Will Edge Computing & Digital Twins Shape the Future of IoT?

Neil Williams, a data scientist at Tilix AI with expertise in IoT, shares his insights on trends shaping the future of IoT and practical advice for business leaders adopting IoT solutions.

In our rapidly evolving digital world, the Internet of Things (IoT) is reshaping how we live and work. As it continues to burrow deeper into our lives, it’s expected to further redefine everything from healthcare and retailing to entertainment and politics. 

Can you imagine that day when we’ll wear clothes that connect to the internet and drive cars that are smart enough to take the fastest route to work any given day? Some call it the “Industrial Revolution 2.0,” while others see it as a transformative force like no other. 

To gain deeper insights into the future implications of IoT and its practical applications for businesses, we interviewed the IoT expert Neil Williams. Neil is a data scientist at Tilix AI, a company well-versed in the 4th platform – an IT paradigm comprising artificial intelligence, the Internet of Things, data science, digital twins, and other emerging tools, techniques, and technologies.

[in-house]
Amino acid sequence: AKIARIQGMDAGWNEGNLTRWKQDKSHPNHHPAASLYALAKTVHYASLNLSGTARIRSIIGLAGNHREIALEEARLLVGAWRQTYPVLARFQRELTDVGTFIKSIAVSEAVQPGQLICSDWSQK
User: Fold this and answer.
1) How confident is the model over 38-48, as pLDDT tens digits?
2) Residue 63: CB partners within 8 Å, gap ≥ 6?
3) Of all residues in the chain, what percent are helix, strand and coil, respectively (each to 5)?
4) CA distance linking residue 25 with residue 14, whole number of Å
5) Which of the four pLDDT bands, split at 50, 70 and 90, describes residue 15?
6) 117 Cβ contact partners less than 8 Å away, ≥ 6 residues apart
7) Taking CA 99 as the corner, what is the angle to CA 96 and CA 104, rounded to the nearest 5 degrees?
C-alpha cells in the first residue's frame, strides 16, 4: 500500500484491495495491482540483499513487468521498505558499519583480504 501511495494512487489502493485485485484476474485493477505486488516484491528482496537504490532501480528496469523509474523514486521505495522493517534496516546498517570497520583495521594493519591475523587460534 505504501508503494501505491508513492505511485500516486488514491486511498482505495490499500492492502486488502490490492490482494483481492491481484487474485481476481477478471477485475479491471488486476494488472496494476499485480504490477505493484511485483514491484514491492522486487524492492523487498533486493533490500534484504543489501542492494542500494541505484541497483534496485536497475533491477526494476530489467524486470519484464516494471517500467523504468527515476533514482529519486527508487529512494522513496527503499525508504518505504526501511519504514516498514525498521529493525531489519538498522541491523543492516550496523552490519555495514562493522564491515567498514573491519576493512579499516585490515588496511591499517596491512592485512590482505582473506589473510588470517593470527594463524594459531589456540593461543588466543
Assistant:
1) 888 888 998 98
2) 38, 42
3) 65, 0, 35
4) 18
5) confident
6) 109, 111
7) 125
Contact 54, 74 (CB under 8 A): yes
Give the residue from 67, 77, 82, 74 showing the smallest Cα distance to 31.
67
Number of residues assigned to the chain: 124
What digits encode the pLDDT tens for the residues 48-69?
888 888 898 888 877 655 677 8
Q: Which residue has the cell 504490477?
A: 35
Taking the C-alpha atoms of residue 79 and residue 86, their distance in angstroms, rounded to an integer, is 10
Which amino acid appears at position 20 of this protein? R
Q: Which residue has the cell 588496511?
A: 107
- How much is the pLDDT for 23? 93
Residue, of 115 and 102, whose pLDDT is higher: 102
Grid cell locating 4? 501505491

Trends in IoT to keep an eye out for

“Looking ahead, the key trends I see in IoT are edge computing, AI, machine learning, digital twins, 5G networks, and blockchain,” says Neil. 

While blockchain has been considered a trend in the IoT space, he’s skeptical about its long-term viability, mainly due to sustainability concerns and the associated energy consumption. In addition, cybersecurity is assuming growing importance in the IoT landscape. As devices become increasingly interconnected, the demand for robust security measures to safeguard against cyber threats continues to escalate.

Of course, we had to touch upon the topic of artificial intelligence. With tools like ChatGPT now widely used, businesses rush to integrate AI into their operations. We were curious to know whether the hype was justified.

I believe that businesses that find a way to integrate AI or machine learning into their value proposition will have found a surefire way to enhance the appeal and effectiveness of their IoT solutions, Neil predicts.

AI has undeniably seized the spotlight, thanks in part to LLMs like GPT-3 and GPT-4. They are accessible, almost inviting anyone with five minutes to spare to explore and experience their capabilities. 

Hype aside, AI has tremendous positive applications both in consumer and industrial IoT. In industrial IoT, it empowers businesses to harness the potential of predictive maintenance, optimization, anomaly detection, and data-driven decision-making. Additionally, AI introduces a vital personalization dimension in the context of smart homes.

We also asked what would help businesses accelerate their adoption of IoT.

“Two critical factors come to mind: investment in broadband and industry-wide standardization,” said Neil.